1. ^ Soares, Pedro; Ermini, Luca; Thomson, Noel; Mormina, Maru; Rito, Teresa; Röhl, Arne; Salas, Antonio; Oppenheimer, Stephen; MacAulay, Vincent (2009). "Correcting for Purifying Selection: An Improved Human Mitochondrial Molecular Clock". The American Journal of Human Genetics 84 (6): 740–59. doi:10.1016/j.ajhg.2009.05.001. PMC 2694979. PMID 19500773. 
  2. ^ a b Van Oven, Mannis; Kayser, Manfred (2009). "Updated comprehensive phylogenetic tree of global human mitochondrial DNA variation". Human Mutation 30 (2): E386–94. doi:10.1002/humu.20921. PMID 18853457. 
  3. ^ a b Rosa, Alexandra; Brehm, Antonio; Kivisild, Toomas; Metspalu, Ene; Villems, Richard (2004). "MtDNA Profile of West Africa Guineans: Towards a Better Understanding of the Senegambia Region". Annals of Human Genetics 68 (4): 340–52. doi:10.1046/j.1529-8817.2004.00100.x. PMID 15225159. 
  4. ^ a b c Tishkoff, S. A.; Gonder, M. K.; Henn, B. M.; Mortensen, H.; Knight, A.; Gignoux, C.; Fernandopulle, N.; Lema, G.; Nyambo, T. B. (2007). "History of Click-Speaking Populations of Africa Inferred from mtDNA and Y Chromosome Genetic Variation". Molecular Biology and Evolution 24 (10): 2180–95. doi:10.1093/molbev/msm155. PMID 17656633. 
  5. ^ a b Chen, Yu-Sheng; Olckers, Antonel; Schurr, Theodore G.; Kogelnik, Andreas M.; Huoponen, Kirsi; Wallace, Douglas C. (2000). "MtDNA Variation in the South African Kung and Khwe—and Their Genetic Relationships to Other African Populations". The American Journal of Human Genetics 66 (4): 1362–83. doi:10.1086/302848. PMC 1288201. PMID 10739760. 
  6. ^ a b Knight, Alec; Underhill, Peter A.; Mortensen, Holly M.; Zhivotovsky, Lev A.; Lin, Alice A.; Henn, Brenna M.; Louis, Dorothy; Ruhlen, Merritt; Mountain, Joanna L. (2003). "African Y Chromosome and mtDNA Divergence Provides Insight into the History of Click Languages". Current Biology 13 (6): 464–73. doi:10.1016/S0960-9822(03)00130-1. PMID 12646128.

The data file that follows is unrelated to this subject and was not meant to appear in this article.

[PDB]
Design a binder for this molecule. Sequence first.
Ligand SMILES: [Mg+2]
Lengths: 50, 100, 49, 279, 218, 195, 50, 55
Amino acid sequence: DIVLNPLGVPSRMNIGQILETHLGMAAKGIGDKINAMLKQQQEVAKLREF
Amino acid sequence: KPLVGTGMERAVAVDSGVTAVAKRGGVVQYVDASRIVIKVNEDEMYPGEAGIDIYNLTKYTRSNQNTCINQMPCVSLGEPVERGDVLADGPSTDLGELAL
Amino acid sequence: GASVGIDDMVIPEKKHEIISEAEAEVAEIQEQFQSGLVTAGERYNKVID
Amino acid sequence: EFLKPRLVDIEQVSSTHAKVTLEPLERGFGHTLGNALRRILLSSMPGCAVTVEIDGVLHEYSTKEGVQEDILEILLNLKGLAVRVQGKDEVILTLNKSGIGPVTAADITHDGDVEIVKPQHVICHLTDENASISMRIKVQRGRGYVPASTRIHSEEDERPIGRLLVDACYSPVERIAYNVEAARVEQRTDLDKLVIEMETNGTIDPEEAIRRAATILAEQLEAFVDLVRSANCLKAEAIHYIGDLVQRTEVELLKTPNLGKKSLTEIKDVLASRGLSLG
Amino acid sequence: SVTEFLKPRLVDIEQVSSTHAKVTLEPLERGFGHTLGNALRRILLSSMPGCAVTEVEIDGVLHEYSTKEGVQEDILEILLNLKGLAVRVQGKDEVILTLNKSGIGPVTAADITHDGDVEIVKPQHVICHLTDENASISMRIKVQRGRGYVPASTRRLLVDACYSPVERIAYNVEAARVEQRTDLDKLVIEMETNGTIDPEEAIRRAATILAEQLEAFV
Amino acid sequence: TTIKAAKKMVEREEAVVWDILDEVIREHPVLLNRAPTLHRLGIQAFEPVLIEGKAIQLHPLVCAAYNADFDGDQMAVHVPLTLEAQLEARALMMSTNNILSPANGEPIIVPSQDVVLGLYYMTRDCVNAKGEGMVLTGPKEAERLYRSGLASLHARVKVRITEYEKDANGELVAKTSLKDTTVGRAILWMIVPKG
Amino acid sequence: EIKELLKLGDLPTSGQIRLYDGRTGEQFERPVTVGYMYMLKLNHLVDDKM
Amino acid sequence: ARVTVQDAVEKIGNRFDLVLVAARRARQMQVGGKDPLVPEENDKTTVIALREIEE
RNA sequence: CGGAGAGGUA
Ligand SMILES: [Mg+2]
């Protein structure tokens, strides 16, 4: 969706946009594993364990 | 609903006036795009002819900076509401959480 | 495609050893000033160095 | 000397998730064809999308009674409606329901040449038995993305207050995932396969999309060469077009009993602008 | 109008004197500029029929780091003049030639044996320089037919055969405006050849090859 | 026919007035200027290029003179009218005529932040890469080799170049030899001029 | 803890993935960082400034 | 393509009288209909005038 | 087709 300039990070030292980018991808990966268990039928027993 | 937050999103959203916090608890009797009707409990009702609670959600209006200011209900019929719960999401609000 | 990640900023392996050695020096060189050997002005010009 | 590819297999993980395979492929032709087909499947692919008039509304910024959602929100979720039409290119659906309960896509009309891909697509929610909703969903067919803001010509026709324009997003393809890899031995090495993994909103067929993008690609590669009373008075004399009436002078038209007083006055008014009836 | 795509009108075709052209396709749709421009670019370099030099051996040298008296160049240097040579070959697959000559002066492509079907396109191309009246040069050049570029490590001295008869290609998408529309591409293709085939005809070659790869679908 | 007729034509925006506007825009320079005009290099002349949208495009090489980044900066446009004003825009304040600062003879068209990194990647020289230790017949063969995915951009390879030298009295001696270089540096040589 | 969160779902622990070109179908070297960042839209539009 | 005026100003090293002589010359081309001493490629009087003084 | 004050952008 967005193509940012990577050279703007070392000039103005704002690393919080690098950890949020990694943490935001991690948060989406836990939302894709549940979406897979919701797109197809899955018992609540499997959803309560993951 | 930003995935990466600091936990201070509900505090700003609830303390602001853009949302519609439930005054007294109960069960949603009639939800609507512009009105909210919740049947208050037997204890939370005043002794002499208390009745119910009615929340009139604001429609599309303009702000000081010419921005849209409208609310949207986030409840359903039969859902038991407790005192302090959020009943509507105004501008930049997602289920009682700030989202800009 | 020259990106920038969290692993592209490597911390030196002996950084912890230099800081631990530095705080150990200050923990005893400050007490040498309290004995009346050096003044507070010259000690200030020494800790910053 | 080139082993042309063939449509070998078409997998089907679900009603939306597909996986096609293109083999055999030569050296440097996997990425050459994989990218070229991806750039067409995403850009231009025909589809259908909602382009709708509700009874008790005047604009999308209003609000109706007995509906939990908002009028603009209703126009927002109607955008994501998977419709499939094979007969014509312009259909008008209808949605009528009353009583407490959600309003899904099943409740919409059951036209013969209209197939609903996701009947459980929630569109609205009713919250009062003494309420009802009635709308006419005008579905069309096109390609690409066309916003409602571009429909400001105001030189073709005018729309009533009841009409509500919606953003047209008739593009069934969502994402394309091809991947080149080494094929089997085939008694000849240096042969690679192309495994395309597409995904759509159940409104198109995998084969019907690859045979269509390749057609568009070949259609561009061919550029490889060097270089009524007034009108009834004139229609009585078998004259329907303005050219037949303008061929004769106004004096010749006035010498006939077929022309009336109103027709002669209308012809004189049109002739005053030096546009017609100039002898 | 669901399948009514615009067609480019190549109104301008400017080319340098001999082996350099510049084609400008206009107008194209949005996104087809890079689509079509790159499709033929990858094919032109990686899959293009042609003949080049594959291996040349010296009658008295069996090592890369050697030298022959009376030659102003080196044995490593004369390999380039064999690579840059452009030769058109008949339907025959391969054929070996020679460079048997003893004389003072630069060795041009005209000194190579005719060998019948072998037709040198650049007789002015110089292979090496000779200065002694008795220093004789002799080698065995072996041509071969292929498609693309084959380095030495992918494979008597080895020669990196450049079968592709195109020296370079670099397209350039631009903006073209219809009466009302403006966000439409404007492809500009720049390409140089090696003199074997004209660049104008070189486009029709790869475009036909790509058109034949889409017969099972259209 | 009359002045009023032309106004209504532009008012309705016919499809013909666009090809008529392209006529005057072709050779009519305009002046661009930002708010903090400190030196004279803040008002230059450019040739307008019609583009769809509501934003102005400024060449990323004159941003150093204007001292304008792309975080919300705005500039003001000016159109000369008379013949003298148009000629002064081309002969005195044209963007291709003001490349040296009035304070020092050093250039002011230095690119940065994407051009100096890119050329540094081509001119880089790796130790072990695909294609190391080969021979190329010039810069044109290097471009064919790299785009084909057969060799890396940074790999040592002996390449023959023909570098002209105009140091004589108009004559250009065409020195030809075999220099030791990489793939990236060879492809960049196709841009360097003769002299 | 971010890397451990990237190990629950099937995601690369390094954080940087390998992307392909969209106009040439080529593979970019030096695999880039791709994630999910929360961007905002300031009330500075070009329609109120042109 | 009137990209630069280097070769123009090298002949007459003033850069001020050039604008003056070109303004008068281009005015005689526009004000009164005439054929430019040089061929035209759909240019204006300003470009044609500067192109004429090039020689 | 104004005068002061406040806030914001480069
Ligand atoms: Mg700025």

7. ^ a b c d Schlebusch, Carina M.; Naidoo, Thijessen; Soodyall, Himla (2009). "SNaPshot minisequencing to resolve mitochondrial macro-haplogroups found in Africa". Electrophoresis 30 (21): 3657–64. doi:10.1002/elps.200900197. PMID 19810027. 
  8. ^ a b Quintana-Murci, Lluis; Harmant, Christine; Quach, Hélène; Balanovsky, Oleg; Zaporozhchenko, Valery; Bormans, Connie; Van Helden, Paul D.; Hoal, Eileen G.; Behar, Doron M. (2010). "Strong Maternal Khoisan Contribution to the South African Coloured Population: A Case of Gender-Biased Admixture". The American Journal of Human Genetics 86 (4): 611–20. doi:10.1016/j.ajhg.2010.02.014. PMC 2850426. PMID 20346436. 
  9. ^ Rídl, Jakub; Edens, Christopher M.; Černý, Viktor (2009). "Mitochondrial DNA Structure of Yemeni Population: Regional Differences and the Implications for Different Migratory Contributions". The Evolution of Human Populations in Arabia. Vertebrate Paleobiology and Paleoanthropology. pp. 69–78. doi:10.1007/978-90-481-2719-1_5. ISBN 978-90-481-2718-4. 

External links[edit]

  • General
  • Haplogroup L0
    • Rosa, Alexandra; Brehm, Antonio; Kivisild, Toomas; Metspalu, Ene; Villems, Richard (2004). "MtDNA Profile of West Africa Guineans: Towards a Better Understanding of the Senegambia Region". Annals of Human Genetics 68 (4): 340–52. doi:10.1046/j.1529-8817.2004.00100.x. PMID 15225159. "Based on the previous knowledge of African complete sequences paraphyletic clade L1 is split into two monophyletic units L0, capturing previously defined L1a and L1d lineages, and L1 clade that includes L1b and L1c clades…" 
    • Pavesi, A. (2005). "Utility of JC polyomavirus in tracing the pattern of human migrations dating to prehistoric times". Journal of General Virology 86 (5): 1315–26. doi:10.1099/vir.0.80650-0. PMID 15831942. "The first axis of mtDNA, on the other hand, places the ancestral haplogroup L0 at the extreme left, since it gave rise to one sole lineage…" 
    • Mishmar, Dan; Ruiz-Pesini, Eduardo; Brandon, Martin; Wallace, Douglas C. (2004). "Mitochondrial DNA-like sequences in the nucleus (NUMTs): Insights into our African origins and the mechanism of foreign DNA integration". Human Mutation 23 (2): 125–33. doi:10.1002/humu.10304. PMID 14722916. "haplogroup L0 mtDNAs, the haplogroup that we had previously concluded lies at the base of the human mtDNA. tree based on phylogenetic analysis…" 
    • Knight, Alec; Underhill, Peter A.; Mortensen, Holly M.; Zhivotovsky, Lev A.; Lin, Alice A.; Henn, Brenna M.; Louis, Dorothy; Ruhlen, Merritt; Mountain, Joanna L. (2003). "African Y Chromosome and mtDNA Divergence Provides Insight into the History of Click Languages". Current Biology 13 (6): 464–73. doi:10.1016/S0960-9822(03)00130-1. PMID 12646128.